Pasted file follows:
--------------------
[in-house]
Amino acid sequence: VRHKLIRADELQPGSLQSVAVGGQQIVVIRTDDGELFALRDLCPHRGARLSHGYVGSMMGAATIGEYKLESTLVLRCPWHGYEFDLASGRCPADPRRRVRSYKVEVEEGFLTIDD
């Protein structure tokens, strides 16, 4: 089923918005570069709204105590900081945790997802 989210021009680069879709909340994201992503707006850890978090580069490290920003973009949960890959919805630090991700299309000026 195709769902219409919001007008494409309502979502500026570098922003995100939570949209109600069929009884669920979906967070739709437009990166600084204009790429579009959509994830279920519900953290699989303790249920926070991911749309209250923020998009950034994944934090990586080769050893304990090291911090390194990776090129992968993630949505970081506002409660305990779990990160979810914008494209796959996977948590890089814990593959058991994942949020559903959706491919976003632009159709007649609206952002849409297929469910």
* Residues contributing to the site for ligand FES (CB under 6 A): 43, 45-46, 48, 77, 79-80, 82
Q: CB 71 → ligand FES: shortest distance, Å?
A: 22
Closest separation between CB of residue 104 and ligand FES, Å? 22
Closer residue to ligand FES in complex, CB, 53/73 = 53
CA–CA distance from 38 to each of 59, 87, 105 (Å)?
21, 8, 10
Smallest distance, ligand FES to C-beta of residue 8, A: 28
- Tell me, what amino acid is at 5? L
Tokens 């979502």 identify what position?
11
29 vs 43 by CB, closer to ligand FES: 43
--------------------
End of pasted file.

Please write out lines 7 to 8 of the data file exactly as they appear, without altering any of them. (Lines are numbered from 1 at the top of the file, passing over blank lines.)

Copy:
Closest separation between CB of residue 104 and ligand FES, Å? 22
Closer residue to ligand FES in complex, CB, 53/73 = 53